Many dogs act aggressively when they are behind a barrier, such as a gate, fence, crate or car
window. The following technique can be used
to eliminate this undesirable behavior. It is not
intended for use with a dog who acts aggressively on lead. For your own safety, do the exercise through a barrier with an opening just large
enough for a treat to pass through.
To begin changing the undesirable behavior, you
will need to change the dog’s negative association with being behind the barrier to a positive
association. Use these steps:
- Equip yourself with food rewards. For safety,
long moist stick treats are recommended. Put
the rewards in a pouch around your waist so
that your hands are free.
- Take the dog to an area where you can use
food rewards without interference from other
dogs. If you have to work in a run, remove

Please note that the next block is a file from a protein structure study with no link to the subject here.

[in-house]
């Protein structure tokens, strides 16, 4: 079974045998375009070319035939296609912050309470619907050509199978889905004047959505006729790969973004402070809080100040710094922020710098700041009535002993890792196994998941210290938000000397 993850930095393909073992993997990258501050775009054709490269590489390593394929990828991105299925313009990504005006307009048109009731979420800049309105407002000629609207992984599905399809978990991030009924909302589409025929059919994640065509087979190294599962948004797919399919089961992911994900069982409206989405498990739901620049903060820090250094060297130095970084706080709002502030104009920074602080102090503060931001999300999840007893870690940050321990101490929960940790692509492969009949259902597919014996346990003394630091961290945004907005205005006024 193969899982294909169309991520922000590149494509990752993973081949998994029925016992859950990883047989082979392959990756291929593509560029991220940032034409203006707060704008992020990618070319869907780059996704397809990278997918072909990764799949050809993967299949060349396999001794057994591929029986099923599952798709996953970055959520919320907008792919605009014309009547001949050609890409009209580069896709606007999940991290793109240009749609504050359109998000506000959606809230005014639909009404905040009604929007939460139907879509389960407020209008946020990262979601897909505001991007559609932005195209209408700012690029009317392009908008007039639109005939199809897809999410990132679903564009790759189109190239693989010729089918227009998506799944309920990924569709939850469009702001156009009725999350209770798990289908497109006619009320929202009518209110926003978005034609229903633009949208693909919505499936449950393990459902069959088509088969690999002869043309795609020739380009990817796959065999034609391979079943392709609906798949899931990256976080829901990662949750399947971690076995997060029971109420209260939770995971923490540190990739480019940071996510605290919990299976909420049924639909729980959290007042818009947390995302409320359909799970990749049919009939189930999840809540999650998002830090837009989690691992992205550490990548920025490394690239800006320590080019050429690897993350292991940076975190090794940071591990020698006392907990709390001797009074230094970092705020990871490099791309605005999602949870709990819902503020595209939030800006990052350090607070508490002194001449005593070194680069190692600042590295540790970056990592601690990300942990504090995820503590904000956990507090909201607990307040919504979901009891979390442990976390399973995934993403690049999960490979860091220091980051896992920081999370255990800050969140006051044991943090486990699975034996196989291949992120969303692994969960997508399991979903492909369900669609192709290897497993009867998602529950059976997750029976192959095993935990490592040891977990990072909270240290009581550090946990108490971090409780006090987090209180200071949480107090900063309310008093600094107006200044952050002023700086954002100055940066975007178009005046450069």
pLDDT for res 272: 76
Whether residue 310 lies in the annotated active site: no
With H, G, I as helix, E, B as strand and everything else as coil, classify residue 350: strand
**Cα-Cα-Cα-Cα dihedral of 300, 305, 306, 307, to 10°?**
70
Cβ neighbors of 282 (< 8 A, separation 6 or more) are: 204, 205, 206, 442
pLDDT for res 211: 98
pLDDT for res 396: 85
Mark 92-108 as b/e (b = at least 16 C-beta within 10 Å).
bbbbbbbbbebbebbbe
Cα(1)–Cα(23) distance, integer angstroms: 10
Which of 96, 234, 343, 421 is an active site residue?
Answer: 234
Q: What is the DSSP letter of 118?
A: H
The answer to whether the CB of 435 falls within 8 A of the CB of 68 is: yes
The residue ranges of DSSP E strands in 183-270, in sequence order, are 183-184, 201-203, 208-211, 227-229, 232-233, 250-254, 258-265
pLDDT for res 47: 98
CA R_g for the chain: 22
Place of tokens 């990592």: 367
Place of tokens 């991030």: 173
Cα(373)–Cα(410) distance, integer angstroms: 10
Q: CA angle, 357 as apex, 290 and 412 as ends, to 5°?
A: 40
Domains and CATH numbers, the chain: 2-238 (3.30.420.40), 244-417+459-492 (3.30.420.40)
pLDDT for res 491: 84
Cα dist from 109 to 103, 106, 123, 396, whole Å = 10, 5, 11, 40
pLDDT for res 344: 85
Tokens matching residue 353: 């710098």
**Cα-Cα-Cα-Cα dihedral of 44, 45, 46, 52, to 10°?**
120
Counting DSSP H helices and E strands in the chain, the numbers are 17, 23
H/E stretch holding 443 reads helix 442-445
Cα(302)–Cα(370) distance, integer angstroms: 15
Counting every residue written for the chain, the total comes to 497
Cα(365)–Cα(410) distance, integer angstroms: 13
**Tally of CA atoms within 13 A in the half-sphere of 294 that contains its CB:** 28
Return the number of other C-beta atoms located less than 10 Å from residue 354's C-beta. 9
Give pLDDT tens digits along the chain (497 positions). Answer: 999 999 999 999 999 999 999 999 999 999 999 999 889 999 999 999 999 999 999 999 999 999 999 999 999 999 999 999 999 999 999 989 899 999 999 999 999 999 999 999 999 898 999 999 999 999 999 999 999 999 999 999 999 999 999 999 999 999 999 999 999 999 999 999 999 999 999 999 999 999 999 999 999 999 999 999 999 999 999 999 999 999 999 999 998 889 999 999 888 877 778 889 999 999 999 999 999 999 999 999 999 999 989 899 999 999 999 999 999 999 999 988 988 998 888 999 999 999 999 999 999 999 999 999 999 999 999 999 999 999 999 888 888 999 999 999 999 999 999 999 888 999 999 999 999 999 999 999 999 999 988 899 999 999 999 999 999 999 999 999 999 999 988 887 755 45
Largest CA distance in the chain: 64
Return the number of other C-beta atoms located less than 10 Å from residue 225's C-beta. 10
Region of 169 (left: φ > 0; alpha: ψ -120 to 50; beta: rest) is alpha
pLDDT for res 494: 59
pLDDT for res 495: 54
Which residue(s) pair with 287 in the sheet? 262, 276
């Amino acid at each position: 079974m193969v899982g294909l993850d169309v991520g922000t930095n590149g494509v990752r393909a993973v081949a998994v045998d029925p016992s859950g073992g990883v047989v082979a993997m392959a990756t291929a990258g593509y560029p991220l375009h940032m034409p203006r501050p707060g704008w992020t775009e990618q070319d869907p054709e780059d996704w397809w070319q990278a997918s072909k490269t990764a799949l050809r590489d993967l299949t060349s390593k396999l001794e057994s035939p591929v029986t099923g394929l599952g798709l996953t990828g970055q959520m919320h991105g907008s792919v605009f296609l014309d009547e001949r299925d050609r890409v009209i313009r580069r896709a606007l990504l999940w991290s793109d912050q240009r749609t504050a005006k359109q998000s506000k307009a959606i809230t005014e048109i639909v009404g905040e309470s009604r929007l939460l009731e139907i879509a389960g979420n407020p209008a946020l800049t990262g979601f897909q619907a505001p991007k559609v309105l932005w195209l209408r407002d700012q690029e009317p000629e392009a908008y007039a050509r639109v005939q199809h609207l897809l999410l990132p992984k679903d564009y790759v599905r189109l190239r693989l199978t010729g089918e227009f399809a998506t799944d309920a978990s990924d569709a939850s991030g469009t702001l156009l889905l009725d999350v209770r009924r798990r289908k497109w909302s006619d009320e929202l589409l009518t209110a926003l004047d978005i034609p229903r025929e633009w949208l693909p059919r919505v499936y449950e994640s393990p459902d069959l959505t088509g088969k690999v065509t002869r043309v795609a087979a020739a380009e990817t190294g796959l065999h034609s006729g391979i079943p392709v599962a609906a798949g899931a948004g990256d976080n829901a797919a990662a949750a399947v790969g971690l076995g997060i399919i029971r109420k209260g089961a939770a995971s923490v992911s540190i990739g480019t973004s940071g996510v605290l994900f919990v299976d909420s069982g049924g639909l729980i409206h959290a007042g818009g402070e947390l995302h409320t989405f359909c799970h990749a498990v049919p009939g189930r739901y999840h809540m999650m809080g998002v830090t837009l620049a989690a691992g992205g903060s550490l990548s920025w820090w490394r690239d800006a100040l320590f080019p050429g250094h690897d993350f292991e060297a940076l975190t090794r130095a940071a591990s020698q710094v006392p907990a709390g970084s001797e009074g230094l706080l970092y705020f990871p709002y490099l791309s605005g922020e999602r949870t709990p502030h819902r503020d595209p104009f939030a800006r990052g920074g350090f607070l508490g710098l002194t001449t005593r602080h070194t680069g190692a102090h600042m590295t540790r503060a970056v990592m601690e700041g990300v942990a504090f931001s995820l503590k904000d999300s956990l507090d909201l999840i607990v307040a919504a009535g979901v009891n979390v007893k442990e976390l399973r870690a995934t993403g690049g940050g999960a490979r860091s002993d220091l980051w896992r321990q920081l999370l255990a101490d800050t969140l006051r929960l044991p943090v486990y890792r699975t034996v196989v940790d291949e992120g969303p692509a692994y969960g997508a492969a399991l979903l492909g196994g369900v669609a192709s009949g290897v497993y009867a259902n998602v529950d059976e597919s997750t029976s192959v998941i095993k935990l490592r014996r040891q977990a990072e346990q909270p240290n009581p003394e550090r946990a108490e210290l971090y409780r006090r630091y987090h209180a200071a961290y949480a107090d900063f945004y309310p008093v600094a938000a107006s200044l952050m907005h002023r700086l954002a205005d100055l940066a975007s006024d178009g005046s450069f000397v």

the other dogs until you’ve finished.
- Begin by giving a treat through the barrier,
even if the dog looks aggressive. Give another as soon as the first has been eaten; repeat
until you’ve given five stick treats.
- Then, stop and wait for 3–5 seconds; if the
dog remains calm, give him five more treats.
If he becomes aggressive, say nothing to him;
just turn and walk away.
- If the dog became aggressive, move him to
another area (behind another barrier) where
he hasn’t been practicing bad behavior. Give
him five stick treats; if he remains calm, give
him five more.
As you work with a dog, here are some things to
keep in mind:
• Always use a calm, gentle tone while working
with a dog.
• Keep sessions short – five minutes or less at
• Remember to take breaks; stop and take the
dog out for a walk.
• Be patient, but optimistic! Progress may be
slow, but it will happen.
Once progress has been made with one handler,
start introducing different handlers in different
locations to help the dogs generalize about the